“After weeks of uncertainty, we’re back to square one,” Jasmin Guénette, the CFIB’s vice-president of national affairs, said in a statement. “Businesses from coast to coast are paying the price for the union’s irresponsible actions. There’s been enough damage to Canada’s economy in the past few weeks already. The federal government must do what’s best for the country, our entrepreneurs and the economy. B.C. ports must remain fully operational while negotiations continue. If the union issues another 72-hour strike notice, government will have to immediately introduce back-to-work legislation."

Bridgitte Anderson, president and CEO of the Greater Vancouver Board of Trade President, added that the union's second rejection of the mediated deal “will undoubtedly raise the prices of goods for Canadians and businesses relying on goods flowing through our ports. Pulp mills have been shut down, mines curtailed, and thousands of companies, big and small, have been left with higher bills for their goods. The next steps are unclear but if strike action recommences the economic damage will only increase. An agreed-upon deal has now been rejected twice by the union. It is time for the federal government and opposition parties to intervene to ensure that our ports stay open, and we can avoid needlessly stoking inflation and affecting other union and non-union jobs. It is also clear that the federal government needs additional tools to facilitate lasting agreements when labour disruptions affect the entire economy.”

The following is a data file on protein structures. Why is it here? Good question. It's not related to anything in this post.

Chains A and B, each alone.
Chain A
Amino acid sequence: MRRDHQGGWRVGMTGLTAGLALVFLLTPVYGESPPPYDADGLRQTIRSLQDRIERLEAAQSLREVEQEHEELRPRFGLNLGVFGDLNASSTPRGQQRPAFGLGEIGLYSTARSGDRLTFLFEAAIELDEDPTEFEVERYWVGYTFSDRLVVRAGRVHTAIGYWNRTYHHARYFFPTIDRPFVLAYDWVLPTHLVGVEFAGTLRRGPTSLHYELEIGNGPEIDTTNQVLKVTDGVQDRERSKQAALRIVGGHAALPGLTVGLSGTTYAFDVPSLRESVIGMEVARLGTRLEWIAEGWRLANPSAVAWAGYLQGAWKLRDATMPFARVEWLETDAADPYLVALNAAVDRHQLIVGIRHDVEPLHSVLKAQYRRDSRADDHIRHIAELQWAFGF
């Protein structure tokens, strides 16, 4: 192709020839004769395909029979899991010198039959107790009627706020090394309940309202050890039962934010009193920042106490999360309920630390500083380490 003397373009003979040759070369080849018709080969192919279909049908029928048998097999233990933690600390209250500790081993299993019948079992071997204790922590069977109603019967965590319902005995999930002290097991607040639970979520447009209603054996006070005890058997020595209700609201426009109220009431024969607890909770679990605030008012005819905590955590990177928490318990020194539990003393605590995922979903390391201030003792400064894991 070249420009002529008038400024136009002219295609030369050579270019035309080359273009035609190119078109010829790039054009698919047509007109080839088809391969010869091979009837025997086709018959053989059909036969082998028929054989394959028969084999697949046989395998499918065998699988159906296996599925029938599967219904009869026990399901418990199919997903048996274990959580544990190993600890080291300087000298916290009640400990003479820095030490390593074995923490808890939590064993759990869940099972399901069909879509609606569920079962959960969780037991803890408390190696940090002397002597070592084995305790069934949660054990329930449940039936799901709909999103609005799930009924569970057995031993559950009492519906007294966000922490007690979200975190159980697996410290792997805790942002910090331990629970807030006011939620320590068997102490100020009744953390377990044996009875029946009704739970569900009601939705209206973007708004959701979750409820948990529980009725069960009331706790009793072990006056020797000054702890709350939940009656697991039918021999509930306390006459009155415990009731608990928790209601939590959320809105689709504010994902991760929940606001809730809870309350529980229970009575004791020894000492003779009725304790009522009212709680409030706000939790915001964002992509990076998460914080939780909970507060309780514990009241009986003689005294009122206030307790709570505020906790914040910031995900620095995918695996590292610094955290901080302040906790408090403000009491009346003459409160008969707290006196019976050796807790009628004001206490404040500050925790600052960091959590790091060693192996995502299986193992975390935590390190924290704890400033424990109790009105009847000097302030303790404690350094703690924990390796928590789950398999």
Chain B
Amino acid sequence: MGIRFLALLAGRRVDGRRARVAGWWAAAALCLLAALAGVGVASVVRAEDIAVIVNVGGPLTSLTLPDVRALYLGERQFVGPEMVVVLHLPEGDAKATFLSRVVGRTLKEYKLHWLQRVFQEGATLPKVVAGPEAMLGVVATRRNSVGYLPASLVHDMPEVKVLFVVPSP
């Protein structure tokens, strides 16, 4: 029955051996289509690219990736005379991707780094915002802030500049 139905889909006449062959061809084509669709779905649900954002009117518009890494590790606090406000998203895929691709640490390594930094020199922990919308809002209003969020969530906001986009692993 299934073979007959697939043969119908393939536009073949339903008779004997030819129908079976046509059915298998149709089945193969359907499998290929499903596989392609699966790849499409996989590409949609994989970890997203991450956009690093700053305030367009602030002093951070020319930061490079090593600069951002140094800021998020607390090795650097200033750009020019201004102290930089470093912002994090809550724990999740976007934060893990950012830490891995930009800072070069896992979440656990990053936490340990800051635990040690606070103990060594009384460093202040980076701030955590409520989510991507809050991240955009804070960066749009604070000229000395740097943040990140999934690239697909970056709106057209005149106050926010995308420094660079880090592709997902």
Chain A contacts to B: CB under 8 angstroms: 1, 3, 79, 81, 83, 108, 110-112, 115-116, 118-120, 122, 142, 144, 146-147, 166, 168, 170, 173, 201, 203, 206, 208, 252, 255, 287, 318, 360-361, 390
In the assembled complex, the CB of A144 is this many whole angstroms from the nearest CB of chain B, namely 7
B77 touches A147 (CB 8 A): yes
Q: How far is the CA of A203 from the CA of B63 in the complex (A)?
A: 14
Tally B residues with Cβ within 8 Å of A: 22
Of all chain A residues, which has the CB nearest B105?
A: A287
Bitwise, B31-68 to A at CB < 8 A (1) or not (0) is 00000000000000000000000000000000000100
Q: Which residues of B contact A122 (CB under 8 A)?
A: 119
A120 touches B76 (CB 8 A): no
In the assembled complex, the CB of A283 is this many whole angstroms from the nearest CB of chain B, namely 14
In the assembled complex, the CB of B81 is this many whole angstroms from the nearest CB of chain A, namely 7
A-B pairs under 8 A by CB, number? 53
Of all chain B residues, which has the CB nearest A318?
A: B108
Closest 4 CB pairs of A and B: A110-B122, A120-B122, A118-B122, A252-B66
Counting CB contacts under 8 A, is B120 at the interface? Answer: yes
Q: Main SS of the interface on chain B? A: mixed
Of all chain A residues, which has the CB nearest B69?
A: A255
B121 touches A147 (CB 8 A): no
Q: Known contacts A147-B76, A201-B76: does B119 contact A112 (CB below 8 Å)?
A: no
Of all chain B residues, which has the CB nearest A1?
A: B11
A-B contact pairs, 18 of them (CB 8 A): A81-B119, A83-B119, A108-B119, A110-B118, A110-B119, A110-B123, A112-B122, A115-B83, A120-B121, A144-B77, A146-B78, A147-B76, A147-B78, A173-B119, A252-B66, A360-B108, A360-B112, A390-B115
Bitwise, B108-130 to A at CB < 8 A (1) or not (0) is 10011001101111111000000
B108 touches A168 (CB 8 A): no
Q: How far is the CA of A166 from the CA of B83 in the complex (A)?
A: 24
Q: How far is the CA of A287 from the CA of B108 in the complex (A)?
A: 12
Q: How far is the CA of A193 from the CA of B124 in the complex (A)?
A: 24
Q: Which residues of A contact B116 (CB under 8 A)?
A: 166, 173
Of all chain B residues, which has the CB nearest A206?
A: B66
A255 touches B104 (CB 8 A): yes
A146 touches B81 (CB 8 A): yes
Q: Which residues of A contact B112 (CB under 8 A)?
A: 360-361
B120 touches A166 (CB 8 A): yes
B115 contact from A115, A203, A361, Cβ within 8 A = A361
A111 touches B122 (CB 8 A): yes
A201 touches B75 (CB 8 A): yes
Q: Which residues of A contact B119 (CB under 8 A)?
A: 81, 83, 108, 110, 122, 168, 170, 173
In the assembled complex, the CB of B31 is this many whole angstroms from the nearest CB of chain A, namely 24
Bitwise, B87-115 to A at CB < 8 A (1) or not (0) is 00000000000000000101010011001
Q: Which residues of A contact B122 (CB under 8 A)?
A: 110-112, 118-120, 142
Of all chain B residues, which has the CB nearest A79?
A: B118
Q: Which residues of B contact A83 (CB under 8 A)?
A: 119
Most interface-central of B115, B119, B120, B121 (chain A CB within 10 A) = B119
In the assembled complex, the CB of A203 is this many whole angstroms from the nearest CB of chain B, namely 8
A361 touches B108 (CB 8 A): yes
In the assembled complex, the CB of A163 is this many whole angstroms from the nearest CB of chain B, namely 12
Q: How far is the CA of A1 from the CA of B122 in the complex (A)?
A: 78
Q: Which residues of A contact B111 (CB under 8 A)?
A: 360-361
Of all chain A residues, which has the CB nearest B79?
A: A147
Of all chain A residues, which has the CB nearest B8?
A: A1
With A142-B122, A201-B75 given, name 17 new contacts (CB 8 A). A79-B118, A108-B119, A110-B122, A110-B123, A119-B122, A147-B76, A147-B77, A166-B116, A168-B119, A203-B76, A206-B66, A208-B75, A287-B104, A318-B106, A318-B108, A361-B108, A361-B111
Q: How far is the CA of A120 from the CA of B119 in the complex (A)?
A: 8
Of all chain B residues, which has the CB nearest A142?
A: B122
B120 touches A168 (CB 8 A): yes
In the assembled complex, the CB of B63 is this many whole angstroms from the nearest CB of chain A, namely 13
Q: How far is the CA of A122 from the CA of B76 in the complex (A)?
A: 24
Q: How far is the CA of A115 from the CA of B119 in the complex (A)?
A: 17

BC Chamber of Commerce president and CEO Fiona Famulak agreed.

In a July 29 statement, she said, "Our port infrastructure is too critical to the health and success of our businesses, workers and national economy to let this dispute escalate any further.... The rejection of a second tentative agreement demonstrates the need for the federal government to play an even stronger role in bringing this dispute to an end.”